Certain genetically modified strains of maize produce a powerful natural insecticide. The insecticide occurs throughout the plant, including its pollen. Maize pollen is dispersed by the wind and frequently blows onto milkweed plants that grow near maize fields. Caterpillars of monarch butterflies feed exclusively on milkweed leaves. When these caterpillars are fed milkweed leaves dusted with pollen from modified maize plants, they die. Therefore, by using genetically modified maize, farmers put monarch butterflies at risk.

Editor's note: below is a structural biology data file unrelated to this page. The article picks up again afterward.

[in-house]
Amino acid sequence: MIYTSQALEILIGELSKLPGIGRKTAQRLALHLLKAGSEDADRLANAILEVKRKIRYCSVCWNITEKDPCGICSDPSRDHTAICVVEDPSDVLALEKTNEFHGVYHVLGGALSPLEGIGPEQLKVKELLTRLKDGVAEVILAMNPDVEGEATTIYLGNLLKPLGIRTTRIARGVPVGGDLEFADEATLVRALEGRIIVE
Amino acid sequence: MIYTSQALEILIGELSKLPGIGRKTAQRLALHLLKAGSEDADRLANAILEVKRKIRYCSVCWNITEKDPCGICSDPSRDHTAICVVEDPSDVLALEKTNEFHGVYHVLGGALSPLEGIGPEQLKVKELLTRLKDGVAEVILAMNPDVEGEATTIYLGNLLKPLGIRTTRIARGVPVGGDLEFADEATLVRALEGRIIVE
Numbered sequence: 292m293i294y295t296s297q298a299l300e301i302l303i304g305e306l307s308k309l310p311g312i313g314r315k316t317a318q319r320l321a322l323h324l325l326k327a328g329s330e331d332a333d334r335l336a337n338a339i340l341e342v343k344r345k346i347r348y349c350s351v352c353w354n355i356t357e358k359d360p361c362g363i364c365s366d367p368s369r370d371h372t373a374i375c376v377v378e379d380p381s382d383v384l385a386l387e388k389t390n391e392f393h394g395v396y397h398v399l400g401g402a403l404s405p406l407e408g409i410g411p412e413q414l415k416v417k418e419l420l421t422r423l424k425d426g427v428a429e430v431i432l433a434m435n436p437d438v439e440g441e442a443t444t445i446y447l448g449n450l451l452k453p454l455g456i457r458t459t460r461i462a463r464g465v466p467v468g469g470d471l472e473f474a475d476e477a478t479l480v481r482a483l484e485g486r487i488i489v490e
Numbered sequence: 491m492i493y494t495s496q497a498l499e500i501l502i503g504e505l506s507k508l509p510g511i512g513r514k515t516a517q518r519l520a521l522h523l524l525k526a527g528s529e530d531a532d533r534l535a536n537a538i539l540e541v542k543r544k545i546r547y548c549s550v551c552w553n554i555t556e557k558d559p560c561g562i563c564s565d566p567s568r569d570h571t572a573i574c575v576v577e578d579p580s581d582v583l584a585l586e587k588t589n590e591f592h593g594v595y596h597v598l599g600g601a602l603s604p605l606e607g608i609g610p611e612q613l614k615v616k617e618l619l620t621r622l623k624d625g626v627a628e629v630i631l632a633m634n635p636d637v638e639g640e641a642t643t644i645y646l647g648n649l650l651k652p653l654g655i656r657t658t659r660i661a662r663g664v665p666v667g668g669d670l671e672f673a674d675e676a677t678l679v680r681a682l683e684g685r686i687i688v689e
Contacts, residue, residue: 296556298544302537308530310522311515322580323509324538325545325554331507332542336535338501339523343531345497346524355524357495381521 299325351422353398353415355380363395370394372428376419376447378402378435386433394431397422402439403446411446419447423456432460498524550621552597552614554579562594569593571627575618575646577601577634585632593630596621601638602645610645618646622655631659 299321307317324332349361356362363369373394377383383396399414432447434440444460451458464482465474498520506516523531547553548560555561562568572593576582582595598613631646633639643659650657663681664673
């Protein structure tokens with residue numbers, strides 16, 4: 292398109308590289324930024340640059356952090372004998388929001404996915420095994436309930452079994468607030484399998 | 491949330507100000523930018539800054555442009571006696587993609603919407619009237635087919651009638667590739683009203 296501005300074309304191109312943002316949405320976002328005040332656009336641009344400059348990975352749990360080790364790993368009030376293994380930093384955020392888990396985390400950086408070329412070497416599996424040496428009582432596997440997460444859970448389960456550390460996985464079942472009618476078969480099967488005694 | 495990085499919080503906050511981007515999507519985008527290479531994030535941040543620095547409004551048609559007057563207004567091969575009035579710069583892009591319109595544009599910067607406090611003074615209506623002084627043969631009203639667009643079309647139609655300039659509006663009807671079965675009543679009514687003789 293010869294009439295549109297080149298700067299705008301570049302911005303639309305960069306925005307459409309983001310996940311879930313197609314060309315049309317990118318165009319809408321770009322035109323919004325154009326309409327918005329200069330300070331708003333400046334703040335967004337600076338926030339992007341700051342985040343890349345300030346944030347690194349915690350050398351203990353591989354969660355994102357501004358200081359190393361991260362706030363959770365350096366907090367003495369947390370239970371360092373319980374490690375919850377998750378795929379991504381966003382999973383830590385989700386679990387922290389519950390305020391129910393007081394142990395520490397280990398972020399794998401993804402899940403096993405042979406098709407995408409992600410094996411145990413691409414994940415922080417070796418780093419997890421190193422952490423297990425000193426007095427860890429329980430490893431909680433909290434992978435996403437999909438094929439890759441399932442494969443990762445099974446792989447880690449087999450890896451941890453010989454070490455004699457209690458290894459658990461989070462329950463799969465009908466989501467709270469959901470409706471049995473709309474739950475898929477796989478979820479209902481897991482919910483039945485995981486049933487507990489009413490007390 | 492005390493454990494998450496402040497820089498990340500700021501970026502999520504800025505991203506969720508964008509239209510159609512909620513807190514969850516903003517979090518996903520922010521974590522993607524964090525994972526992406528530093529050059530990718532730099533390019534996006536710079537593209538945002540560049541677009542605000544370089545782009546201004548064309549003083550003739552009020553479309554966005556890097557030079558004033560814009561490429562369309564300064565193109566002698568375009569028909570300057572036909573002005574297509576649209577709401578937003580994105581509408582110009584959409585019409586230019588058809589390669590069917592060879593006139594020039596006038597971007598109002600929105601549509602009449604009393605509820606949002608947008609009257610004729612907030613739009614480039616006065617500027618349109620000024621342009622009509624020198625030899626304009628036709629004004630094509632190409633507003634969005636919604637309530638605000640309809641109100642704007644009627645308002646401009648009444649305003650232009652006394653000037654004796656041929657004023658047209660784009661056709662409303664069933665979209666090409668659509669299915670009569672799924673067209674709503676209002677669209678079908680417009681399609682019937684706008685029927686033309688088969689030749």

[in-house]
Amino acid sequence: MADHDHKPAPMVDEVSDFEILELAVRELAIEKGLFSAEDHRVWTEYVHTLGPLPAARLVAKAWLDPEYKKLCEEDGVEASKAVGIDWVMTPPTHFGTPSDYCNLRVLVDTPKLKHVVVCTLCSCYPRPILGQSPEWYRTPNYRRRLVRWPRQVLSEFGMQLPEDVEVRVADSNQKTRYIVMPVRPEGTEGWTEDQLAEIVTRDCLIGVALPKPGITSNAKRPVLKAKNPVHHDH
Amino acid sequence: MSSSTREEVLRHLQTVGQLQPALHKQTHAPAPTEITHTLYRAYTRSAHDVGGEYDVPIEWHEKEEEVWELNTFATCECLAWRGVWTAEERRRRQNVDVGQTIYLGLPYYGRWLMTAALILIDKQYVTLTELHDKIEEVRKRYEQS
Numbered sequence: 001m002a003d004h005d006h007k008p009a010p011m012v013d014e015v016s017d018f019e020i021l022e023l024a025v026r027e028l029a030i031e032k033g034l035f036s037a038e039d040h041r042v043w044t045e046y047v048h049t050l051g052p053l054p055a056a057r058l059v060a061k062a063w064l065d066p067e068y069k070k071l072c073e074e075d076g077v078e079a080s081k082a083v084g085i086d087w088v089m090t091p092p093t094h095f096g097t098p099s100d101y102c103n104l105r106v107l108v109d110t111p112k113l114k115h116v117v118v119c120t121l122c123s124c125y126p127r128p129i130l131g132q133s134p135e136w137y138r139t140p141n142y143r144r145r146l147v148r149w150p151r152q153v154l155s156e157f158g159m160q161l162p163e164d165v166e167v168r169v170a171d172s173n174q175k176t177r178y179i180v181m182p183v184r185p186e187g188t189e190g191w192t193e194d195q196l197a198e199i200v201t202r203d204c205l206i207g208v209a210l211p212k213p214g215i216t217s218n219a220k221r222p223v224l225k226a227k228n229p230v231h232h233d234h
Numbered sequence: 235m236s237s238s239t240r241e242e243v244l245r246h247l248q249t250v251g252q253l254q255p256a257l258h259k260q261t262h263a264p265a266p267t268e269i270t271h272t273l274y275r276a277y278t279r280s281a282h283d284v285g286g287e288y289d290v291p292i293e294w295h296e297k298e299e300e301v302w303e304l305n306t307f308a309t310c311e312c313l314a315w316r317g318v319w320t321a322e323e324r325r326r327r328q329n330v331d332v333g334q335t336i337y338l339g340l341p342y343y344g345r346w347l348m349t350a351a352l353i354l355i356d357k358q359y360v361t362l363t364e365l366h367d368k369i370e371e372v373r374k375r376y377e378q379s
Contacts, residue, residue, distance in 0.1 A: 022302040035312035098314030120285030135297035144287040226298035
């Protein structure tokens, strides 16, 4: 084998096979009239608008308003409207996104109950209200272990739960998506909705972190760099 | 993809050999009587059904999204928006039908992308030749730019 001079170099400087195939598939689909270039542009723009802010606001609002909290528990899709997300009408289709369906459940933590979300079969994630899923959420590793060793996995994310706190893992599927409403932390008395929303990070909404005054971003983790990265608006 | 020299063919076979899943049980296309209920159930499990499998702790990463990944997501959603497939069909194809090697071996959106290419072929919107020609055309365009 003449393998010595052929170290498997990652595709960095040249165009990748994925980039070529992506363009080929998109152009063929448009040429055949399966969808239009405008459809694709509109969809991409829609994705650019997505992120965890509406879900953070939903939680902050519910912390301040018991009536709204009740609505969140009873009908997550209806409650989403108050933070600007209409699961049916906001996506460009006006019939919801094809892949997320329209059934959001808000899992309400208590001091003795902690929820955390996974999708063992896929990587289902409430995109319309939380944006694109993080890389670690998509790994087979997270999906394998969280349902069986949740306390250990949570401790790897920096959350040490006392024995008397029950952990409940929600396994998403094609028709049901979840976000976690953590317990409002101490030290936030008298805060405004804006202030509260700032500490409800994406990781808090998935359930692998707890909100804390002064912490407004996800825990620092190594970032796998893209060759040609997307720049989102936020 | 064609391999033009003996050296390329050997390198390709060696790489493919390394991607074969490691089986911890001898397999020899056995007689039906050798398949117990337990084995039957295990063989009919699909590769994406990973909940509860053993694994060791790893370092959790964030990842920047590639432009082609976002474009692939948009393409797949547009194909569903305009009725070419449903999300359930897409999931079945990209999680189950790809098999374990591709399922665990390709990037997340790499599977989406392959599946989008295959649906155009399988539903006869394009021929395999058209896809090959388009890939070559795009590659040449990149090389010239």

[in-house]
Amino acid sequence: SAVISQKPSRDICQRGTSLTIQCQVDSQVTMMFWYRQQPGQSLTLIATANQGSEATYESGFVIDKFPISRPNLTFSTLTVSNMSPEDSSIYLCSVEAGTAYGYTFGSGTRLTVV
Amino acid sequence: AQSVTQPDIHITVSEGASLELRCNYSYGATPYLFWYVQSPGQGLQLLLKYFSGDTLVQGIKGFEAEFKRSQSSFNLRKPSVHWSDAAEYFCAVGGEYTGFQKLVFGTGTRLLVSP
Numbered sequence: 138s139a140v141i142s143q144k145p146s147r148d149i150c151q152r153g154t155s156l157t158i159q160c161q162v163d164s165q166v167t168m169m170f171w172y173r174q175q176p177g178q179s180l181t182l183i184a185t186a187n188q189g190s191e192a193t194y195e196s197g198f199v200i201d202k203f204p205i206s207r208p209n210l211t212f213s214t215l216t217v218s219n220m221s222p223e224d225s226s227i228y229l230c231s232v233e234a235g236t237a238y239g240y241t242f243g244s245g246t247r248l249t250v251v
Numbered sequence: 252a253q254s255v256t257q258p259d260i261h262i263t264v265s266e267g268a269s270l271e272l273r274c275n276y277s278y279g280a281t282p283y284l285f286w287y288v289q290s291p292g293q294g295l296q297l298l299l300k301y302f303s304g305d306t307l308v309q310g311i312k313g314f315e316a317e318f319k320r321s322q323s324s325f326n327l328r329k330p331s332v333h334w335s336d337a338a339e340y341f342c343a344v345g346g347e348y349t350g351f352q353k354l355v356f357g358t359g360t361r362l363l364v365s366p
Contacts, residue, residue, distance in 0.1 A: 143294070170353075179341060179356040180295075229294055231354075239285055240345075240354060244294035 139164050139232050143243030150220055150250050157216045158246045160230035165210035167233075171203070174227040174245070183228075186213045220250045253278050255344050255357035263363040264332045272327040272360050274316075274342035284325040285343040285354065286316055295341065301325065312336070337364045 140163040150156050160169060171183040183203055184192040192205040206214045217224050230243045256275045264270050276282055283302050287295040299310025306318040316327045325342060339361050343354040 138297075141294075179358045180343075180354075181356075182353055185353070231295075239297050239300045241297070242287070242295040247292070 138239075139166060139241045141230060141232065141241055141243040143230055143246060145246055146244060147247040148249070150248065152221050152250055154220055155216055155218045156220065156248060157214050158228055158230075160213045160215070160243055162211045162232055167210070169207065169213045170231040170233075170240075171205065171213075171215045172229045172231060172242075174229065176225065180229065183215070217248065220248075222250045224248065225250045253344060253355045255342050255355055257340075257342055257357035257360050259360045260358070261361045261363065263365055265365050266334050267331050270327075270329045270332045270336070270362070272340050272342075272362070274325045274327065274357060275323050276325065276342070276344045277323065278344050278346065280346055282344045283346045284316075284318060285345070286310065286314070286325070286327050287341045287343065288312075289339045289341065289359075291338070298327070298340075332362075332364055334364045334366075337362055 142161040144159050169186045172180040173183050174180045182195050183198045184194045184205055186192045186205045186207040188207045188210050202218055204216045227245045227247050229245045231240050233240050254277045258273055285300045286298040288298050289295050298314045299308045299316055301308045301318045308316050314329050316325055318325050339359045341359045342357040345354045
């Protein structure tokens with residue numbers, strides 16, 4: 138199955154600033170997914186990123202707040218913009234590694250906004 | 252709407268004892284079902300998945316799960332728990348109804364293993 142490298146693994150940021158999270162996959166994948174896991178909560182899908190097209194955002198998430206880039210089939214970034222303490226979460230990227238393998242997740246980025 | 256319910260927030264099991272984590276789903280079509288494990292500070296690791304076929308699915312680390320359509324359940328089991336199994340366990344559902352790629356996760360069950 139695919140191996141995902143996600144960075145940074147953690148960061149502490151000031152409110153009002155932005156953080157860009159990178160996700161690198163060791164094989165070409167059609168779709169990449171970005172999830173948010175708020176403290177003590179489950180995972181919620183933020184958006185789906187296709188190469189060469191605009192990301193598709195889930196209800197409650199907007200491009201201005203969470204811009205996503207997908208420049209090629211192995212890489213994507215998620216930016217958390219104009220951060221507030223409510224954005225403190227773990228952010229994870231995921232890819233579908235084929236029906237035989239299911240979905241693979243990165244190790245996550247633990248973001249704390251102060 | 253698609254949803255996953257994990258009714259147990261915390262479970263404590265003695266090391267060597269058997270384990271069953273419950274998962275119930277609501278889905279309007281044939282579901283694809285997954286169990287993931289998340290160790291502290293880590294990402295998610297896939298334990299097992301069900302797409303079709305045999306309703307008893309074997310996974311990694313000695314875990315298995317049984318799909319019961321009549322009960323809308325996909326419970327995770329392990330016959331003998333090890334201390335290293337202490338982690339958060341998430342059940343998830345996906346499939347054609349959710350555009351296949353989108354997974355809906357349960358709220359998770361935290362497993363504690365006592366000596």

Which of the following would it be most useful to determine in order to evaluate the argument?

Whether the natural insecticide is as effective against maize-eating insects as commercial insecticides typically used on maize are

Whether the pollen of genetically modified maize contains as much insecticide as other parts of these plants

Whether monarch butterfly caterpillars are actively feeding during the part of the growing season when maize is releasing pollen

Whether insects that feed on genetically modified maize plants are likely to be killed by insecticide from the plant's pollen

Whether any maize-eating insects compete with monarch caterpillars for the leaves of milkweed plants growing near maize fields


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